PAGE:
Korea’s 4DX continues to expand in the Mainland market. It has signed the first deal with Emperor Cinema in Wanxiangcheng (MIXC) shopping mall, located in the Hefei area, set to open in December. There are currently a total of 40 4DX screens in China, making it the most important market outside of its home territory of Korea. It plans to have 53 sites in total in China before the end of this year. Press Release – 23 October 2015 4DX Emperor cinema China
Fresh of its Chinese IPO Imax has been busy signing deals to expand its presence in the Mainland:
IMAX Corporation IMAX and Omnijoi Cinema Development Co., Ltd. (Omnijoi Cinemas), formerly known as Jiangsu Eudemonia Blue Ocean Cinema Development Co., Ltd., today announced an expansion of the parties’ revenue sharing arrangement with the addition of 15 new IMAX® theatre systems in China. This agreement brings Omnijoi Cinemas’ total IMAX commitment to 31 theatres and positions the exhibitor as the third-largest IMAX exhibitor partner in China and fifth-largest globally.
Yet another article extolling the rise of private cinemas: “Private cinema had become the new darling of the provincial capital” Taiyuan. The description of the layout and what is on offer is fairly standard, but for anyone new to this phenomenon, it says that private cinemas are like having your own car, compared to travelling on a bus, which is a regular cinema.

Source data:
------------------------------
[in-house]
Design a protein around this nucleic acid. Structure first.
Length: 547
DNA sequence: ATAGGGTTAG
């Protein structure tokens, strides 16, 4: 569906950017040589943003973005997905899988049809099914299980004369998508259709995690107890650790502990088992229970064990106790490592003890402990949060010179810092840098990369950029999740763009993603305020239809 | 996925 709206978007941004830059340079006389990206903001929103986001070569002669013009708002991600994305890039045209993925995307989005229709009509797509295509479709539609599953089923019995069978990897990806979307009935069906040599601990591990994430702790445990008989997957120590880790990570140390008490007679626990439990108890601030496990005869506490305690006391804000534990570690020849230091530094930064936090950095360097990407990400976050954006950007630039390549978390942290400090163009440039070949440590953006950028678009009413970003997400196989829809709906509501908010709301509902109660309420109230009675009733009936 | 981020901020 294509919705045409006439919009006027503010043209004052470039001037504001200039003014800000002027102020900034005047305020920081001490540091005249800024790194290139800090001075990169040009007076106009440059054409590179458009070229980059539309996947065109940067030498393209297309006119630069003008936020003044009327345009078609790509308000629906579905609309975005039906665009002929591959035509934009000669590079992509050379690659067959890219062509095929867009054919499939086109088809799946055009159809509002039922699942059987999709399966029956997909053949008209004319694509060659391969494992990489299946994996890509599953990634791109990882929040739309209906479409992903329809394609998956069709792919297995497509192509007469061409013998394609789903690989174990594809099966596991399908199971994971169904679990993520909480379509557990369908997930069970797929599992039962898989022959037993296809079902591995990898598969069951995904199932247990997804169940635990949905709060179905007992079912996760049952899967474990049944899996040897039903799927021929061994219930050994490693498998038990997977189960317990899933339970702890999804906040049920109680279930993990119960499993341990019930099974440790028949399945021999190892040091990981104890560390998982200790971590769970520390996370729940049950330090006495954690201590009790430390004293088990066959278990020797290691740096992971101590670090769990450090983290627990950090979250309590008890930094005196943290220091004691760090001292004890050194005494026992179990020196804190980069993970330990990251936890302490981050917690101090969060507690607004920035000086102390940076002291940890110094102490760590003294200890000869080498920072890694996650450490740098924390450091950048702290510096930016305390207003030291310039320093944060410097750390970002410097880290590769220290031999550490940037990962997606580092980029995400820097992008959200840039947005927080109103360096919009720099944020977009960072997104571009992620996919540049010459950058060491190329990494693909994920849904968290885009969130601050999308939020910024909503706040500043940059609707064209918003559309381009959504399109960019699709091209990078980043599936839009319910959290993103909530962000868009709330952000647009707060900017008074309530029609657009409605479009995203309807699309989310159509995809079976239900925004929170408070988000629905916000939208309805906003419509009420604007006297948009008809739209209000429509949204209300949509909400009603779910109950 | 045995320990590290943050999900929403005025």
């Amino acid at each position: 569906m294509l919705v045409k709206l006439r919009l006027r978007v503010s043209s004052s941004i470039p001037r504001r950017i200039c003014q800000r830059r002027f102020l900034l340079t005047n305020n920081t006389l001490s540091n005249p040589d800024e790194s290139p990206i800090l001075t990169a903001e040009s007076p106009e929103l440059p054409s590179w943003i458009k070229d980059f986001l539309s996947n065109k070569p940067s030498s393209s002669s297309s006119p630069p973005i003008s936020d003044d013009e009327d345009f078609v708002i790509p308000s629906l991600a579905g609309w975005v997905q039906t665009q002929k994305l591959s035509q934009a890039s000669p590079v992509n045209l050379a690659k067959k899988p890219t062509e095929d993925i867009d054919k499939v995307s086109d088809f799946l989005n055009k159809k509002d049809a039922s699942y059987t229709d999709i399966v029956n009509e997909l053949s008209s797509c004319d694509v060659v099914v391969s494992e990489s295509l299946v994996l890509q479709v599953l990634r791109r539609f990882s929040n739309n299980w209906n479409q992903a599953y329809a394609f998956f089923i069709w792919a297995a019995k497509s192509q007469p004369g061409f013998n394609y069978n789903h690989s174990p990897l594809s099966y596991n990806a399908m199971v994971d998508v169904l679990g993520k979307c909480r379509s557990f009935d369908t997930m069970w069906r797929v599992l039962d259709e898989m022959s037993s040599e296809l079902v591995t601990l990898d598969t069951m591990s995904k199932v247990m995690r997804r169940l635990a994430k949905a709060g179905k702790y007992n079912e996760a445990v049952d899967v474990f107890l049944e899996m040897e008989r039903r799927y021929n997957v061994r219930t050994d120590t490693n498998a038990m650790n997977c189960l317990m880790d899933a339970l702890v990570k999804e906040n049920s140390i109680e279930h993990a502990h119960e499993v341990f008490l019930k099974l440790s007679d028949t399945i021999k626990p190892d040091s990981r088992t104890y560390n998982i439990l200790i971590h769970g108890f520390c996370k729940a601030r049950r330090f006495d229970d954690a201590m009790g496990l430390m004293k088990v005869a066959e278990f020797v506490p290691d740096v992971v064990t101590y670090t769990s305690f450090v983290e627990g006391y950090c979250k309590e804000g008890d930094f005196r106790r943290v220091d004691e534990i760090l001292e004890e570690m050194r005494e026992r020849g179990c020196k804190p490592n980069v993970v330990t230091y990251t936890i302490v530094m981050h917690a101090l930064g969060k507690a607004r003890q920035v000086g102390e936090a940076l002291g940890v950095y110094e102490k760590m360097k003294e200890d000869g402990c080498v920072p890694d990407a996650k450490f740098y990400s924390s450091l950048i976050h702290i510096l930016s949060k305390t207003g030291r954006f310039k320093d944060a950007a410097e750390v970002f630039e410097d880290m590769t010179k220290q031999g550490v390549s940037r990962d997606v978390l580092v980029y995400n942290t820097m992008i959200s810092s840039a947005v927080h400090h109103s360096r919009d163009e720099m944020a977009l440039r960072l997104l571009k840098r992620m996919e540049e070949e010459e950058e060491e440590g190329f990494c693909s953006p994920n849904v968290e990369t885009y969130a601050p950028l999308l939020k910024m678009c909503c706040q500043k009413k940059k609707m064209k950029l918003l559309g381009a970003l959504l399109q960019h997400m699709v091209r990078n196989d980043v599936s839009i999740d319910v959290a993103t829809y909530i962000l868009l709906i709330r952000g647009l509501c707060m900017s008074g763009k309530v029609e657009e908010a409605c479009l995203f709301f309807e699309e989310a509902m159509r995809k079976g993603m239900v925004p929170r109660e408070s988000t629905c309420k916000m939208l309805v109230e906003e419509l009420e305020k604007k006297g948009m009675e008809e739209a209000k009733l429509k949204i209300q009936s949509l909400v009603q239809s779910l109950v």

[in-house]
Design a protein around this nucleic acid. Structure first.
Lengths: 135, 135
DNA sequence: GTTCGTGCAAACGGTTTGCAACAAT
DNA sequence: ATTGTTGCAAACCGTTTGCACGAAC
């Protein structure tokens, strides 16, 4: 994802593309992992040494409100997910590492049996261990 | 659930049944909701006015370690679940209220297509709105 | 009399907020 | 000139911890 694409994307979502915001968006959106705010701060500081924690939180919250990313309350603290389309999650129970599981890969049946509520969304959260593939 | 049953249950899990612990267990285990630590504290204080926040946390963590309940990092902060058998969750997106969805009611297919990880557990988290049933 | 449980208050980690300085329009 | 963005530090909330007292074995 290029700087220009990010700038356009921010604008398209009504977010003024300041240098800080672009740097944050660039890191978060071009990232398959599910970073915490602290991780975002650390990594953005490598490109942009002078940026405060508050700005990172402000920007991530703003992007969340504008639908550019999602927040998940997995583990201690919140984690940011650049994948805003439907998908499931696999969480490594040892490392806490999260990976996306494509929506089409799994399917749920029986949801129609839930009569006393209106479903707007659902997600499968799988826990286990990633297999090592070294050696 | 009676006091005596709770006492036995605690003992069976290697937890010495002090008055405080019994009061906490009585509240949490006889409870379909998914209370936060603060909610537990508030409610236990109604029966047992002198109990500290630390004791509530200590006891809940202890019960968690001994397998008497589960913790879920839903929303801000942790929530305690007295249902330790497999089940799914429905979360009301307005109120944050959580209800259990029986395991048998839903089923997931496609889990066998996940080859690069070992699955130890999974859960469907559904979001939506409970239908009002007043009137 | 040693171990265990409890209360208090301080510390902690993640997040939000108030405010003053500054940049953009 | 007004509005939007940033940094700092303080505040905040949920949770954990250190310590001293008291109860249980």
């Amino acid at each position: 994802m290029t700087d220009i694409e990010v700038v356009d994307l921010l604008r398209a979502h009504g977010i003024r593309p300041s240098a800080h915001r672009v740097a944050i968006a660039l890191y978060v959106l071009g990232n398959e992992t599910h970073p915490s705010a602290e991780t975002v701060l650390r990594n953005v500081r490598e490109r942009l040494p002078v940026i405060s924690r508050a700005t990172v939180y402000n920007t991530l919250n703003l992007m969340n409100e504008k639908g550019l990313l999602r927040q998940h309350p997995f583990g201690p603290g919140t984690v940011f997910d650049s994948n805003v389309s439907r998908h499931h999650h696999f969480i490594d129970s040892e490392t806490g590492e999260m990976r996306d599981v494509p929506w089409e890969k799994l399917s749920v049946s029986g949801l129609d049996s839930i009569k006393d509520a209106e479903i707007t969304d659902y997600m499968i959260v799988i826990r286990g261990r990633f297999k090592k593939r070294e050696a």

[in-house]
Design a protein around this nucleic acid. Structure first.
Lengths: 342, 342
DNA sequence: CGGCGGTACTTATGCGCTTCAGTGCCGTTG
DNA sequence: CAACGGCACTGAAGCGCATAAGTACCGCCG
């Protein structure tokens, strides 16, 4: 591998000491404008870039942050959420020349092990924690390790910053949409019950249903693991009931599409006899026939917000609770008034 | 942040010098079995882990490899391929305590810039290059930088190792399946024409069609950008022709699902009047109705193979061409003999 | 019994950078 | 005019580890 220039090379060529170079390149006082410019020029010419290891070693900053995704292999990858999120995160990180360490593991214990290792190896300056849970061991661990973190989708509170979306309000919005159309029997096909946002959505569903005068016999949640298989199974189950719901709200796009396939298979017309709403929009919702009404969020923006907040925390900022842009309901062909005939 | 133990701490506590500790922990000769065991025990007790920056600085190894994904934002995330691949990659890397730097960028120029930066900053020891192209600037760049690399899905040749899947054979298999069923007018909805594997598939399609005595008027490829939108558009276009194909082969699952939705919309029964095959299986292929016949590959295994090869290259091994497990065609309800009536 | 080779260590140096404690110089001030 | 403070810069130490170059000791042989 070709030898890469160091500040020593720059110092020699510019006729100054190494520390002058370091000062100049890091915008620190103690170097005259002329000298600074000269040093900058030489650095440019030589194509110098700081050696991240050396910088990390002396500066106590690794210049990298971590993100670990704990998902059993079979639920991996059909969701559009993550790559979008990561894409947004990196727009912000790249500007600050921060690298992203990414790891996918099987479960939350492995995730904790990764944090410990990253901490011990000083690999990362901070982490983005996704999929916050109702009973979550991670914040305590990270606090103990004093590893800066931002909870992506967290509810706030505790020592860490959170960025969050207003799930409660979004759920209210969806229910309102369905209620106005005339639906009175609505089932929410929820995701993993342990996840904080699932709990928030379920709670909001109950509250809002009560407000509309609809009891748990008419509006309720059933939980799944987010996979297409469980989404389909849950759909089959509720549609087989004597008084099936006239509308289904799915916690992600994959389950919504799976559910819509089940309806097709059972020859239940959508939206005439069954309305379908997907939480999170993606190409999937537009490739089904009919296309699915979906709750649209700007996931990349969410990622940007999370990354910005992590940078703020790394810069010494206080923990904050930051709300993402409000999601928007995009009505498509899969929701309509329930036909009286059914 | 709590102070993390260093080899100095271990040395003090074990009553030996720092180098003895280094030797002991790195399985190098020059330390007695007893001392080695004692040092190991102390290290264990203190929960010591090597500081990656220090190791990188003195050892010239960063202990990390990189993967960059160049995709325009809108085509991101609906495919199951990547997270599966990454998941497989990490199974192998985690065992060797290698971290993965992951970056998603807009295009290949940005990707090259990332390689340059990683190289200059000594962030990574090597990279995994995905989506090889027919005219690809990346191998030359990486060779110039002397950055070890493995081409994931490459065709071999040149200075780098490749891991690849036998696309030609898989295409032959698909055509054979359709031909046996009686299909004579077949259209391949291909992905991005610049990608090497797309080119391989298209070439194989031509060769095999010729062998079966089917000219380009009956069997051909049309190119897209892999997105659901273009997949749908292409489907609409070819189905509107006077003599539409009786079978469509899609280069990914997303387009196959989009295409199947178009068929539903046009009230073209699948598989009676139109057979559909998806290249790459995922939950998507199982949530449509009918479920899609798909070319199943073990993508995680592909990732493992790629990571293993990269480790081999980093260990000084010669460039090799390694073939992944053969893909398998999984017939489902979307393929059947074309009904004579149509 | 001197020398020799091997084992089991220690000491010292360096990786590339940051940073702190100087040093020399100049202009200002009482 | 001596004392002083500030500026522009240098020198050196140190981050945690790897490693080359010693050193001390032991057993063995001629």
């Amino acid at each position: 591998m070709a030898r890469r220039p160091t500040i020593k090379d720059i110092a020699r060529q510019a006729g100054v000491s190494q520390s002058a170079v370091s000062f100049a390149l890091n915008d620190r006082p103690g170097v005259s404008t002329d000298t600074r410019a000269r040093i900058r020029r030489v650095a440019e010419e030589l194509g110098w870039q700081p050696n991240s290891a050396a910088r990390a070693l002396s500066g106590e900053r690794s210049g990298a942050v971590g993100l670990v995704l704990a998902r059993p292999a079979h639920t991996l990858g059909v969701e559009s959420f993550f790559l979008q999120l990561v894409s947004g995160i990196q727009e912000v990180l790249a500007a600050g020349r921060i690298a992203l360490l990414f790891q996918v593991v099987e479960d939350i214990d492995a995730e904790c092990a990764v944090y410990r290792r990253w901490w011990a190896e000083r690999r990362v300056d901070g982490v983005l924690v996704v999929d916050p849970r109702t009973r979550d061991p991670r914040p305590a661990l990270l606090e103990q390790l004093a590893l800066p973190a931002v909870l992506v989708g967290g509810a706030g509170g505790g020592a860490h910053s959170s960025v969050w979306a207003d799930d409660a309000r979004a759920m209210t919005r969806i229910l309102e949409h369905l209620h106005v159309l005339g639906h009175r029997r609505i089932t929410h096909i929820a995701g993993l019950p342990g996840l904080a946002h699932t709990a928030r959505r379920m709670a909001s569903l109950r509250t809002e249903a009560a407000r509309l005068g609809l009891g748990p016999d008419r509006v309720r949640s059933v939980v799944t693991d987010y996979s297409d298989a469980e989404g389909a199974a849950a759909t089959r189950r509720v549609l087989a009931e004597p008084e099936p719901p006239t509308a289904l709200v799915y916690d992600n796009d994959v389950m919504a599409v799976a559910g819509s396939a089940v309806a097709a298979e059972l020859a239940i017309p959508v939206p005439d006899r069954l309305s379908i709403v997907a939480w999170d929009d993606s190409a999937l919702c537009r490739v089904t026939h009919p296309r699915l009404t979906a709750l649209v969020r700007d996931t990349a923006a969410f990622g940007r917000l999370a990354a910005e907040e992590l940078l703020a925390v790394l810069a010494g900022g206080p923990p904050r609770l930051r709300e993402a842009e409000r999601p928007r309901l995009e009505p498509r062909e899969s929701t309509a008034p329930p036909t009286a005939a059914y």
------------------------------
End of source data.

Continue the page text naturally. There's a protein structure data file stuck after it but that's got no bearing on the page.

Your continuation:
The reporter found that this kind of “on-demand cinema” experience goes from the lobby to the auditorium layout settings, and discount-style KTV [karaoke television] are exactly the same: the classic cinema hall plastered with movie posters, movies filled with selection range for children; the space between the various types of auditoriums ranging from small, which can seat 2-3 people, to large rooms that can even accommodate 20 people or hold a party, and even choose a different theme. In addition, first-class sofa opposite a screen on the wall, with A/V controls right next to the sofa.
What is interesting is that this experience is not subsidised by mobile apps, nor do they legally offer first-run films (though somehow new releases tend to find their way to private cinemas within half a month of cinema release), but still do a good job of attracting couples and families with children. They may not compete with regular cinemas in overall box office, but might be a niche to rival Imax if they continue to grow and evolve. Kaixian – 27 October 2015